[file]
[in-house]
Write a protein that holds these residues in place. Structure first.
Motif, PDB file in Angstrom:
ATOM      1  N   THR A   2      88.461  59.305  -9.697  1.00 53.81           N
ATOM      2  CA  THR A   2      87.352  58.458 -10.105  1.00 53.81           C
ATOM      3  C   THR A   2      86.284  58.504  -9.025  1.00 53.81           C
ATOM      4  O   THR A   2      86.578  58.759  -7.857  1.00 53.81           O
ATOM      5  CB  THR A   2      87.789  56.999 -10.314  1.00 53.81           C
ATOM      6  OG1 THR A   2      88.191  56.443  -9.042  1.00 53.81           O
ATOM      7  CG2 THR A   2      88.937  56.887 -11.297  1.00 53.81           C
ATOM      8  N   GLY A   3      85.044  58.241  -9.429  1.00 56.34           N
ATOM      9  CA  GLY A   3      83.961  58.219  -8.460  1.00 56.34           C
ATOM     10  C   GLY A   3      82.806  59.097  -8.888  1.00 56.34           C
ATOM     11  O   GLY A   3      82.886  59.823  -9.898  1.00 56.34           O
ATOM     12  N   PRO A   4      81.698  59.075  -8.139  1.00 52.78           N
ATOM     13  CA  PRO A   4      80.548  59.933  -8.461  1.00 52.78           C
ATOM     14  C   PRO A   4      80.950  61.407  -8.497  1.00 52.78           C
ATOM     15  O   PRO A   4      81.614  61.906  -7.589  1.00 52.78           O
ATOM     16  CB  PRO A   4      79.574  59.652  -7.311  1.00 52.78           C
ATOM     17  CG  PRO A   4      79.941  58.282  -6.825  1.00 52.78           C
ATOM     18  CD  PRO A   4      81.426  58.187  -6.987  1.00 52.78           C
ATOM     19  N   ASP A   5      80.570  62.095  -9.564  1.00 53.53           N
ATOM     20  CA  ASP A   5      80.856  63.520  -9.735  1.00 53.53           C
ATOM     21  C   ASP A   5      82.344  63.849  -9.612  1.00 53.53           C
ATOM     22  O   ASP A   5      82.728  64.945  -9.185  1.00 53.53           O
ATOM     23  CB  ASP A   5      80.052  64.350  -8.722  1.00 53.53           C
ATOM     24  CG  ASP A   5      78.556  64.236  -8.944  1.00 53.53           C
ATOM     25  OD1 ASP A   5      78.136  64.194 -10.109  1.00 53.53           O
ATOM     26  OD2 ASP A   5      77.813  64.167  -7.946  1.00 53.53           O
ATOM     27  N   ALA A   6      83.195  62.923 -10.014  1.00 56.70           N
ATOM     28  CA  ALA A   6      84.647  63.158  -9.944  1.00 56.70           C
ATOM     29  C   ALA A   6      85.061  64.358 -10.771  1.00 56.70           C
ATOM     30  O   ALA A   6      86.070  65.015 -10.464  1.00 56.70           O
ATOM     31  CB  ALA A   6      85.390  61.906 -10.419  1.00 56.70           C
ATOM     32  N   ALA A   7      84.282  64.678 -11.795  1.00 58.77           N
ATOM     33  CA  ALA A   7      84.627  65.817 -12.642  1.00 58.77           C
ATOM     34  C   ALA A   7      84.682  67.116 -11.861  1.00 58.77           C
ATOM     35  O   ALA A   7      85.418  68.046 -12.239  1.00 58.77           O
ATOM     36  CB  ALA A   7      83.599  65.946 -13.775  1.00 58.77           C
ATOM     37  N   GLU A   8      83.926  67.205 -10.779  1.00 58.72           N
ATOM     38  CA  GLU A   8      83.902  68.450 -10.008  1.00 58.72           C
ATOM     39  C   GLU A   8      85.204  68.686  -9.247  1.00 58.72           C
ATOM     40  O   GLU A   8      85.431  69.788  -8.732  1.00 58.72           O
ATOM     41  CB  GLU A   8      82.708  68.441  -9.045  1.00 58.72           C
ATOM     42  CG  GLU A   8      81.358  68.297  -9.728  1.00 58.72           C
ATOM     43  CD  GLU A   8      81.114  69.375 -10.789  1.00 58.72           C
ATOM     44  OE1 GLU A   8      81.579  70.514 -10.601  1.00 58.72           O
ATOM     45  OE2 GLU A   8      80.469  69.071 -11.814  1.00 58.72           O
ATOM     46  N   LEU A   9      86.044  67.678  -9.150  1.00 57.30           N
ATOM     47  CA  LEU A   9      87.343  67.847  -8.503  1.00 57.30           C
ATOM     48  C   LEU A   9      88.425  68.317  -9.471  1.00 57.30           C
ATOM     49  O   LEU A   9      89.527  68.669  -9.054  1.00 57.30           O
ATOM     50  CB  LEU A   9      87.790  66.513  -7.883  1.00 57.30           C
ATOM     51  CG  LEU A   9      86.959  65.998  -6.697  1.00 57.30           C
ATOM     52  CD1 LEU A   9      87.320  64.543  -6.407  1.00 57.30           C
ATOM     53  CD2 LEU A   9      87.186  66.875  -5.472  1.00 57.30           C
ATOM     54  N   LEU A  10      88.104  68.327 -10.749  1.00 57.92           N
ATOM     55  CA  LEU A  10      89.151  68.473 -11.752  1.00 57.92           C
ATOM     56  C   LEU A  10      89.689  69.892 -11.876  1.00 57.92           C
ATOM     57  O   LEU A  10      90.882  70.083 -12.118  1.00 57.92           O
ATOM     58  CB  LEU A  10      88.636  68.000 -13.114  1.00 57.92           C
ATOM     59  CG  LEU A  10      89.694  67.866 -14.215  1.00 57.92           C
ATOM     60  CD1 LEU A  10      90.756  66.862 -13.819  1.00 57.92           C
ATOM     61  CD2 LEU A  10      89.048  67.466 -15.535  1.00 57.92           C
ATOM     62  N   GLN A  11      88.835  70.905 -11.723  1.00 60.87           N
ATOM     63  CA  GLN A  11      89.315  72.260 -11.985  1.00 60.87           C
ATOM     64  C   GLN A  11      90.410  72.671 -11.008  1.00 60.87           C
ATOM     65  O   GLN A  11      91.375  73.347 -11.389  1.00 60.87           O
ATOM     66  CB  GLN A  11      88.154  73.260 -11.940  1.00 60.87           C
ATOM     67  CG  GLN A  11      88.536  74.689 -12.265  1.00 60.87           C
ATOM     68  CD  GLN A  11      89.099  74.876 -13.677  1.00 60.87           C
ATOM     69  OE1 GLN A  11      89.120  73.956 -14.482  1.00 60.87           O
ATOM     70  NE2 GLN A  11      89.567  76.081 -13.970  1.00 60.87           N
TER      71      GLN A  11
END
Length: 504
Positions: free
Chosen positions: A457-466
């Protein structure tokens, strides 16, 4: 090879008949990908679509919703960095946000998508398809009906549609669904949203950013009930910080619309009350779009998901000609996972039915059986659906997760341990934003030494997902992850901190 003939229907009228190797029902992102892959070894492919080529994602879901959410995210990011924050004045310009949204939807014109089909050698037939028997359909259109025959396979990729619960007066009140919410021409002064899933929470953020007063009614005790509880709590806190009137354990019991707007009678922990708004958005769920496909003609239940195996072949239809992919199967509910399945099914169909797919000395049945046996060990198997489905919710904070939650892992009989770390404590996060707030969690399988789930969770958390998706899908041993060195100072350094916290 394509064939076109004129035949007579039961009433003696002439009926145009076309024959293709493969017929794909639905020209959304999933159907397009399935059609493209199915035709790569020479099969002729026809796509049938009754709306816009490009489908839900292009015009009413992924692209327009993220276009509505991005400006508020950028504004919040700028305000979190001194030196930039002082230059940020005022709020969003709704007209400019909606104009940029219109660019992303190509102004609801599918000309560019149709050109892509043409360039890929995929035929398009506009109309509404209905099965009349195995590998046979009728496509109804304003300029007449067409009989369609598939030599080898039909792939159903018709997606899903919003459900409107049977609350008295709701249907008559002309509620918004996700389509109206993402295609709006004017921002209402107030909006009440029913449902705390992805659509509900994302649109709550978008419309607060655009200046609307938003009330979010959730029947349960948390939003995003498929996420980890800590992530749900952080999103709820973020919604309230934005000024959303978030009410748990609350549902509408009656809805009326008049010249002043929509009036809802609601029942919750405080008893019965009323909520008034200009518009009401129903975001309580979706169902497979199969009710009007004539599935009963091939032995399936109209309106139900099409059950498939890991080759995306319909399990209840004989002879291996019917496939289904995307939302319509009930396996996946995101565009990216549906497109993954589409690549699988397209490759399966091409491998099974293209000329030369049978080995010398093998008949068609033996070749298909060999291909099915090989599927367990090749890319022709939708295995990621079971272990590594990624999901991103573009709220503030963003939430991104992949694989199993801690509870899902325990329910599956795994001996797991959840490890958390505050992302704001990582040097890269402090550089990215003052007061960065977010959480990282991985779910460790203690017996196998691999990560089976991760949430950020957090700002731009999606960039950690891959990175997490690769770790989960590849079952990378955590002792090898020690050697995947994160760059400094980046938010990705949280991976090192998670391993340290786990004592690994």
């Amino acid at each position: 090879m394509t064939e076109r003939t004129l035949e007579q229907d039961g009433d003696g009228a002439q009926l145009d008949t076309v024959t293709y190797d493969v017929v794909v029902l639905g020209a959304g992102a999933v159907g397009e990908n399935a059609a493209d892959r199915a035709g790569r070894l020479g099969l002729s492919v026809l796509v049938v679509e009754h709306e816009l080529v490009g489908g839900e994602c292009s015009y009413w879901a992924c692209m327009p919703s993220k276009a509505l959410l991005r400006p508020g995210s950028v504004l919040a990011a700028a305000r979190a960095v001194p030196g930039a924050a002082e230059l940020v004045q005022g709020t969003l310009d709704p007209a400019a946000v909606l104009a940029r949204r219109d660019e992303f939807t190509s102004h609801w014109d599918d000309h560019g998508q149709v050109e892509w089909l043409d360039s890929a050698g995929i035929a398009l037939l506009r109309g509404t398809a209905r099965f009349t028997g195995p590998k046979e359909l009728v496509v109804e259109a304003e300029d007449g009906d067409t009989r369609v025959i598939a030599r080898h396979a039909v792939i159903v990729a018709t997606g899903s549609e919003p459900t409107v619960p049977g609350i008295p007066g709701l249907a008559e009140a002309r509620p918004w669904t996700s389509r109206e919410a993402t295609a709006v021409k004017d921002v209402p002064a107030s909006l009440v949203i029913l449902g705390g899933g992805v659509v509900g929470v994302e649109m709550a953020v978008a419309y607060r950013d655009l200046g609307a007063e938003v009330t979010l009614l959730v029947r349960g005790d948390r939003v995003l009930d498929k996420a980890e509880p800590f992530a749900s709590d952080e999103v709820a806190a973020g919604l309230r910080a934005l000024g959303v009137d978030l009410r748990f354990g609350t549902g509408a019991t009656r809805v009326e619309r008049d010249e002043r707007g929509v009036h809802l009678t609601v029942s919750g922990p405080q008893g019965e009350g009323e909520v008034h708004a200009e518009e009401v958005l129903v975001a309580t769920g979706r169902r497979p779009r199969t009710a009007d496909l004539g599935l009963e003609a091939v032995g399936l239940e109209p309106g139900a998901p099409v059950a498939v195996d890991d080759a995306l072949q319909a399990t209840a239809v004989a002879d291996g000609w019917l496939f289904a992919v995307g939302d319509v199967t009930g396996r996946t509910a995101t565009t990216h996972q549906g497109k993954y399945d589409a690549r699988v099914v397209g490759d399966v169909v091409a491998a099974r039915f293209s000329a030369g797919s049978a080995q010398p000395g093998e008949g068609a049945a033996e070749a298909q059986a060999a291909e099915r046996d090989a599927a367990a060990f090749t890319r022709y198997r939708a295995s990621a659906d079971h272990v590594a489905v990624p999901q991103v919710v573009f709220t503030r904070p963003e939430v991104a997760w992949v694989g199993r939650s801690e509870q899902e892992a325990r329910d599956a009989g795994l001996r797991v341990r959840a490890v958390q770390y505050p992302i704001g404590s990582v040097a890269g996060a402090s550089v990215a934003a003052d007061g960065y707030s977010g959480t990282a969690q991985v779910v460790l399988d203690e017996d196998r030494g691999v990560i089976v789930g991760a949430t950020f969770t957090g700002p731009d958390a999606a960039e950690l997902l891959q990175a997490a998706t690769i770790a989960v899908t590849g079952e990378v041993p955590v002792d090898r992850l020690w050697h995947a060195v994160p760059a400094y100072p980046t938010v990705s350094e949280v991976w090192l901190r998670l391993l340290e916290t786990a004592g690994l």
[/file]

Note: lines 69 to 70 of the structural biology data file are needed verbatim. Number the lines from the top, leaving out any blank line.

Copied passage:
ATOM     66  CB  GLN A  11      88.154  73.260 -11.940  1.00 60.87           C
ATOM     67  CG  GLN A  11      88.536  74.689 -12.265  1.00 60.87           C